Run Linux Containers with LXC/LXD on Rocky Linux 8|AlmaLinux 8

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Welcome to this guide on how to run Linux containers with LXC/LXD on Rocky Linux 8|AlmaLinux 8. But before we dive into the crux of this matter, we will discuss and get to know what LXC/LXD is.

What is LXC/LXD?

The term LXD is an acronym for Linux Container Daemon. This is an open-source tool that provides a set of tools, templates, libraries as well as language bindings used to manage Linux containers. LXC stands for Linux containers, this virtualizes applications at the operating system level. LXD just like Docker was created as an extension of the LXC. This makes it easy to manage the LXD container using the LXC pre-defined set of commands. LXD has an amazing interface that offers amazing features such as image controls and snapshots. Both LXD and LXC are developed by Canonical

Features of LXC

LXC offers the following features:

  • Chroots (using pivot_root)
  • Seccomp policies
  • CGroups (control groups)
  • Kernel capabilities
  • Apparmor and SELinux profiles
  • Kernel namespaces (ipc, uts, mount, pid, network and user)

Features of LXD

LXD offers a lot of features that include:

  • Secure by design through unpriviliged containers, resource restrictions e.t.c
  • It is scalable.
  • It is simple with a clear API and crisp command line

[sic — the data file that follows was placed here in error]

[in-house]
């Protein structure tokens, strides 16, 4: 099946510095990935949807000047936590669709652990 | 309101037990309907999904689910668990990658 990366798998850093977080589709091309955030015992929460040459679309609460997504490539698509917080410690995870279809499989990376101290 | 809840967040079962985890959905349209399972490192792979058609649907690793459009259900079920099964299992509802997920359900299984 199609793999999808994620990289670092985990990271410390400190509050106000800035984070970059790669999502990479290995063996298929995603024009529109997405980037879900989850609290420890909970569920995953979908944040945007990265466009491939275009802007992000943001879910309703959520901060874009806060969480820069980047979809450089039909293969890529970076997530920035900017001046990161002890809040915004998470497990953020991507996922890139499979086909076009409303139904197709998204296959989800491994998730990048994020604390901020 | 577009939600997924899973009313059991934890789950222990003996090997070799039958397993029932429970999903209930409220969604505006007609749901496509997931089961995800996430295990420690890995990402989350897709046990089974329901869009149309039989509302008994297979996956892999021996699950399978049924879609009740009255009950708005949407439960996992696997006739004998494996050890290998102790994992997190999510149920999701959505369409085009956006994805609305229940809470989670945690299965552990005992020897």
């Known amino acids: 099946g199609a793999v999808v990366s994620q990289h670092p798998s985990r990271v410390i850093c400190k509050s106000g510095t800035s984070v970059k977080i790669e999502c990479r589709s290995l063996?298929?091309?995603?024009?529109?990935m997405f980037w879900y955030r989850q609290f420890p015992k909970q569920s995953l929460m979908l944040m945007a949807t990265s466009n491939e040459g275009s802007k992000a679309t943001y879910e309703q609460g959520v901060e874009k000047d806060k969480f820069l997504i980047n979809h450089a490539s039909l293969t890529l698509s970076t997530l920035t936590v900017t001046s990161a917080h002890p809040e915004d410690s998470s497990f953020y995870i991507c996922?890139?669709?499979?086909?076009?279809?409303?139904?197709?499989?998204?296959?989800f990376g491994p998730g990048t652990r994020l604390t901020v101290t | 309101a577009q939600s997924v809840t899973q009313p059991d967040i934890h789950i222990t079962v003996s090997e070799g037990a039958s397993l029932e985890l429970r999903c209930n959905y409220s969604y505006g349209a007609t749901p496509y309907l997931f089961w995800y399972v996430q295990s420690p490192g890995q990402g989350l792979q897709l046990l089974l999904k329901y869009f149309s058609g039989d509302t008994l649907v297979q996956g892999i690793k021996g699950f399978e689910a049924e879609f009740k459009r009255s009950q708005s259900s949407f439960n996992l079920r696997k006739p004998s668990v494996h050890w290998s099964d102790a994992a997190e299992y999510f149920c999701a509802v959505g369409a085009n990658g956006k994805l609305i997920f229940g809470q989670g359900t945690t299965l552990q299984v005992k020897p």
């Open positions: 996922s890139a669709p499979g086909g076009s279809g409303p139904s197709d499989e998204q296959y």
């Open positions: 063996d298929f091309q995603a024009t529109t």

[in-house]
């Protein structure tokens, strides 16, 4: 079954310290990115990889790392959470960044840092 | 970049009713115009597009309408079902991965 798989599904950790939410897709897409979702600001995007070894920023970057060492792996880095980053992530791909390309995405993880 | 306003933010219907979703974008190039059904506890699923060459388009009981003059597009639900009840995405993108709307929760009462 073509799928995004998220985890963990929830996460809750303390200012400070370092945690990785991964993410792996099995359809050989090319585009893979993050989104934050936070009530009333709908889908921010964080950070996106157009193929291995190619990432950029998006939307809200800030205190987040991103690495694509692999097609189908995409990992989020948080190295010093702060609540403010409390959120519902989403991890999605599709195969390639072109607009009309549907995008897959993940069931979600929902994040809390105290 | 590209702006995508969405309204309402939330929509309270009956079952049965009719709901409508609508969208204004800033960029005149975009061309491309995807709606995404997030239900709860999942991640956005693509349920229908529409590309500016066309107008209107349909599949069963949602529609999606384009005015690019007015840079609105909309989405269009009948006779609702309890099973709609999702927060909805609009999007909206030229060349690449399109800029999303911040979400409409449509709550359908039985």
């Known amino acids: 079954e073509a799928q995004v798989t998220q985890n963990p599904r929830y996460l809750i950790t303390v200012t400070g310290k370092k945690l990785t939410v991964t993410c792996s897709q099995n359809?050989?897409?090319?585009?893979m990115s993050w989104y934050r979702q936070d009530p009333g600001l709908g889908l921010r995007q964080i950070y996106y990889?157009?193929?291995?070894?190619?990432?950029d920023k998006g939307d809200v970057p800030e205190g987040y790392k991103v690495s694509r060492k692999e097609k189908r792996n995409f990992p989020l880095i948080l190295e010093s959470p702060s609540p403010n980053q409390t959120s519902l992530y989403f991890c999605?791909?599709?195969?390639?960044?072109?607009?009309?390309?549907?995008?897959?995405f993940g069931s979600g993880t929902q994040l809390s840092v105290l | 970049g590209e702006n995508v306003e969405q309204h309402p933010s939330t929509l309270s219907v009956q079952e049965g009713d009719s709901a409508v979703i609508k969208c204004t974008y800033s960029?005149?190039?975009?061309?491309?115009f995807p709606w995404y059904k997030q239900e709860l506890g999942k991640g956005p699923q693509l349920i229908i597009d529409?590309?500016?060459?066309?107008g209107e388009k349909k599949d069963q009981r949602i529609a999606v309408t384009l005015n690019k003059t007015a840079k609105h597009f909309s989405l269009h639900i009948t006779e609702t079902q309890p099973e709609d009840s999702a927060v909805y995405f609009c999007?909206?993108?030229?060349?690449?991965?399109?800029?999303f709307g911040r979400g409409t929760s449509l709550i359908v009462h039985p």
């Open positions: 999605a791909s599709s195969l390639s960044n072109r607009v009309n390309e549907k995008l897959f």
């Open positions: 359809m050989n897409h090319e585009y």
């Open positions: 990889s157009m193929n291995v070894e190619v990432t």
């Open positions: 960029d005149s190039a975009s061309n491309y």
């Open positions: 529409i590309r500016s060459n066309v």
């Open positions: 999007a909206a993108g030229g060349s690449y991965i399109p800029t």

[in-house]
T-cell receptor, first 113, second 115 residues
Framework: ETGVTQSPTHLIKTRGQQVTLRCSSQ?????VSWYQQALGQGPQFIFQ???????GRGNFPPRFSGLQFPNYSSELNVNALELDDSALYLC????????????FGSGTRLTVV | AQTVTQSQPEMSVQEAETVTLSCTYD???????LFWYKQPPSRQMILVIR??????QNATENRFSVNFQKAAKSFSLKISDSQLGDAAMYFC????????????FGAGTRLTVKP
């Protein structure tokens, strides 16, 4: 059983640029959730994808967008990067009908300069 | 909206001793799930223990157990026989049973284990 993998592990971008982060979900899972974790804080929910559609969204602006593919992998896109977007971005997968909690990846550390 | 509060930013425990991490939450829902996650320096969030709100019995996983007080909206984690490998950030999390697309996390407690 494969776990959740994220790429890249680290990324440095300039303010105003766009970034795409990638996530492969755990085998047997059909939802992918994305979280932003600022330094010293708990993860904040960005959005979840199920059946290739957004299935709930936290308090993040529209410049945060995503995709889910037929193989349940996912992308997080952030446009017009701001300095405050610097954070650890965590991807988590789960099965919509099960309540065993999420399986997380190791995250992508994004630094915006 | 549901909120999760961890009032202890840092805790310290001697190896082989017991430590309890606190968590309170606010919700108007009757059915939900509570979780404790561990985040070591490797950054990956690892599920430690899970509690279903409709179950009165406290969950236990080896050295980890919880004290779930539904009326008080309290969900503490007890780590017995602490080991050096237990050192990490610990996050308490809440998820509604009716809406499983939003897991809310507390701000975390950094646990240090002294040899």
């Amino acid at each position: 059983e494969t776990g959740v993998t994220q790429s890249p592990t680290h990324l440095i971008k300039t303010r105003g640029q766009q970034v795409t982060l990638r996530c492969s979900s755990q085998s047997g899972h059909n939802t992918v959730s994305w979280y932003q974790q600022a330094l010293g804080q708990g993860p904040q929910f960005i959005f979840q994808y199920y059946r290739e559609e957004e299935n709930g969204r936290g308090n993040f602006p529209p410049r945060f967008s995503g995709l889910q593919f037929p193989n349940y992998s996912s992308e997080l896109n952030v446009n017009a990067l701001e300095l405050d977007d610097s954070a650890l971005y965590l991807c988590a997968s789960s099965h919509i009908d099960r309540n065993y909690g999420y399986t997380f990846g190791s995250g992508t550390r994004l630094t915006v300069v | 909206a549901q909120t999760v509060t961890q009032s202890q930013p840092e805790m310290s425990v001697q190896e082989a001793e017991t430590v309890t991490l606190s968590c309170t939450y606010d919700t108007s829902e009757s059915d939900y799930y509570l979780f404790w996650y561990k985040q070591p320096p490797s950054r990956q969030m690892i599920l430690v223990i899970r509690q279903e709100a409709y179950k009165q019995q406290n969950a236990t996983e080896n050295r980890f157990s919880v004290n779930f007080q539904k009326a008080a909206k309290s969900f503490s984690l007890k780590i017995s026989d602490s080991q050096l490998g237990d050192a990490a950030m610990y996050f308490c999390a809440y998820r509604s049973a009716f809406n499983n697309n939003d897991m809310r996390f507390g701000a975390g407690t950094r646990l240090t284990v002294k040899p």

• Support for Cross-host container and image transfer
  • It has an advanced resource control tool for the cpu, memory, disk usage e.t.c
  • Storage management with support for multiple storage backends, storage pools and storage volumes
  • Network management that includes bridge creation and configuration, cross-host tunnels e.t.c

Install and Use LXC/LXD on Rocky Linux 8|AlmaLinux 8

This guide aims to provide you with the required knowledge to run Linux Containers with LXC/LXD on Rocky Linux 8|AlmaLinux 8.

Step 1 – Prepare your Rocky Linux 8|AlmaLinux 8 system

We will ensure that the available packages are updated to their latest available versions as below:

sudo dnf update

Install the required packages for the installation.

sudo dnf -y install vim curl

Set SELinux inpermissive mode as below.

sudo setenforce 0
sudo sed -i 's/^SELINUX=.*/SELINUX=permissive/g' /etc/selinux/config

Step 2 – Add the EPEL repository on Rocky Linux 8|AlmaLinux 8

We need to add the EPEL repository to our system to be able to install the required packages on Rocky Linux 8|AlmaLinux 8.

Add the EPEL repository as below.

sudo yum -y install